- Use properly cleaned and maintained syringes.
(1/2 to 3/4 inch needle*)
(1 1/2 inch needle*)
(1 to 1 1/2 inch needle*)
|Cattle Weight (lbs)||<300||300-700||>700||<300||300-700||>700||<300||300-700||>700|
|Gauge needle required for thin injectable viscosity
|Gauge needle required for thick injectable viscosity
*Select the needle to fit the cattle size (the smallest practical size without bending)
—“Recommended needle size”, https://bqa.unl.edu/bqanebr-article-3
Diseases to Vaccinate Against in Beef and Dairy Cattle
Diseases in beef and dairy cattle to vaccinate against, include:
- Bovine viral diarrhea (BVD)
- Infectious bovine rhinotracheitis (IBR)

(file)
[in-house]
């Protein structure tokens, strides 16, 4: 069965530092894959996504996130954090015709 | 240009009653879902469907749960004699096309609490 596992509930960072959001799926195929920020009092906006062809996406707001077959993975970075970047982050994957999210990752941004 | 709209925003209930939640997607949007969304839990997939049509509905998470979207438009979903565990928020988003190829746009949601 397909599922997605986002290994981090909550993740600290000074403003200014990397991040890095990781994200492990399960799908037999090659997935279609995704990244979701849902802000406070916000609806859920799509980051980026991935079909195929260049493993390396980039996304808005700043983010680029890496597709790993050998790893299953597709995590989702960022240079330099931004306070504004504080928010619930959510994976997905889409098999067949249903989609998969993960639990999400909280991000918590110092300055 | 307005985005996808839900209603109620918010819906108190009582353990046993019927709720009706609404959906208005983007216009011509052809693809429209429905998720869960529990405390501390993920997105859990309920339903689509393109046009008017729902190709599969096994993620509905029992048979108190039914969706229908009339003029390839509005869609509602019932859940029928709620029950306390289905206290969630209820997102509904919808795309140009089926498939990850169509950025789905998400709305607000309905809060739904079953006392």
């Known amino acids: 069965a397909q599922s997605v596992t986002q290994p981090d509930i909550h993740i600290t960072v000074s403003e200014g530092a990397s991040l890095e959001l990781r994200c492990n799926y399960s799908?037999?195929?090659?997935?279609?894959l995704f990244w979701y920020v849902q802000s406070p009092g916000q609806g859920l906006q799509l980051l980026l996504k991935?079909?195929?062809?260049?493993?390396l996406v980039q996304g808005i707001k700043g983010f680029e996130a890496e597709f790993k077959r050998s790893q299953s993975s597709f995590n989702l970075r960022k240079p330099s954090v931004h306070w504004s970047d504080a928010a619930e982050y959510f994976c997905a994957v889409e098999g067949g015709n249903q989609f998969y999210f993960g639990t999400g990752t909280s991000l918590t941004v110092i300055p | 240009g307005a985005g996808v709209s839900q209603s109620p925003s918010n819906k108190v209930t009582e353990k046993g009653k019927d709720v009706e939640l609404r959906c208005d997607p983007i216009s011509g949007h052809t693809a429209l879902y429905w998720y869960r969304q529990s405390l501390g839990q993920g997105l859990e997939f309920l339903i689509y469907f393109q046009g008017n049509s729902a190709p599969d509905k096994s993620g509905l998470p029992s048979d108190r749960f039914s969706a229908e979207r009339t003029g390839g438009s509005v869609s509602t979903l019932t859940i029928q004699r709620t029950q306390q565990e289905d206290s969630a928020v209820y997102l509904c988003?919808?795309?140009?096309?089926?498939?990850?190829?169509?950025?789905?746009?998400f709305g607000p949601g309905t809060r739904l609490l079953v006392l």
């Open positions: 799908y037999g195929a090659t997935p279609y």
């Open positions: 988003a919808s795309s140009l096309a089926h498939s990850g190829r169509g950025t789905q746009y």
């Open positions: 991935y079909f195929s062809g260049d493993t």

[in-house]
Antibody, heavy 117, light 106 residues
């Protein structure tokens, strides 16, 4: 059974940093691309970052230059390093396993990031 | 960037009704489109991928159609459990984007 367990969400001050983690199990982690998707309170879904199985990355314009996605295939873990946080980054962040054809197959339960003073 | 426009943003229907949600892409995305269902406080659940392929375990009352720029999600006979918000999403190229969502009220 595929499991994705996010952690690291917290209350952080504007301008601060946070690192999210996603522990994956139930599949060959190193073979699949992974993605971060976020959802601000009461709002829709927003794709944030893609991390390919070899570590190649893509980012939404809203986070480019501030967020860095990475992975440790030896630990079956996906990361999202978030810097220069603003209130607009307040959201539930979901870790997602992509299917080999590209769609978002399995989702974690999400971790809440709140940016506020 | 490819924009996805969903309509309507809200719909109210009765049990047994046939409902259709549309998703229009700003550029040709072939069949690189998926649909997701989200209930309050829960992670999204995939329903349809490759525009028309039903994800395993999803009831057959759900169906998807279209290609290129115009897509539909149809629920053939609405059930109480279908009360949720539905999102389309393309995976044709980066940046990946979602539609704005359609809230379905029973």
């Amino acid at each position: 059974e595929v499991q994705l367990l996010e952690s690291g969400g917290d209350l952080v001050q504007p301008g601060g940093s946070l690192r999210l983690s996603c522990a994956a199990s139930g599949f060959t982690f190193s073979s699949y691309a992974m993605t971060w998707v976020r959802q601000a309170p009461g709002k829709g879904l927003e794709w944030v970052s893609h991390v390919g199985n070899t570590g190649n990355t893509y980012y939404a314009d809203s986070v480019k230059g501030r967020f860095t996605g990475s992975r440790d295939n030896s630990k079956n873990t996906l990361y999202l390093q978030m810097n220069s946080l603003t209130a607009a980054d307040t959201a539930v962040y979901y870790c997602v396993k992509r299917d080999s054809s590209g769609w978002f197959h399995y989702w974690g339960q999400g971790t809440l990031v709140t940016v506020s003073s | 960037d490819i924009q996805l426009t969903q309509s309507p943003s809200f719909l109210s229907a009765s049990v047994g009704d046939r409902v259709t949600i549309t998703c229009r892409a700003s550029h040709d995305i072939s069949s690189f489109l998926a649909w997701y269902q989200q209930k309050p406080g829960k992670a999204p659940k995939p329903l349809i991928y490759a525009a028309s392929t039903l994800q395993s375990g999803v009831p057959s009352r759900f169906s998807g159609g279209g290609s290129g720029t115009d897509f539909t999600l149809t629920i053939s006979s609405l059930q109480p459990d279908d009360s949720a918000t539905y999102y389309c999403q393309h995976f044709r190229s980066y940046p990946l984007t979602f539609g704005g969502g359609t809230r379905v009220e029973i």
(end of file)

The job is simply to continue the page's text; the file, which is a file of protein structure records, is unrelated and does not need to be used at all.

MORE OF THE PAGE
- Parainfluenza (PI3)
- Bovine respiratory disease complex
- Clostridial diseases
Bovine Viral Diarrhea
BVD is a common cause of respiratory and reproductive issues in the herd. It is an economically important disease in many countries. The disease is caused by the bovine viral diarrhea virus, which may cause primary disease or be part of a large complex of infections. Cows infected during pregnancy may abort, give birth to a stillborn calf, or give birth to a live calf. Calves can be infected in utero or after birth. Calves born carrying BVD virus will never clear the infection and will shed the virus continuously into the farm environment. Signs of BVD in adults are highly variable and include fever, lethargy, loss of appetite, ocular discharge, nasal discharge, diarrhea, and decreased milk production. Infected calves may have cerebellar hypoplasia; signs of this are ataxia, tremors, a wide stance, and failure to nurse.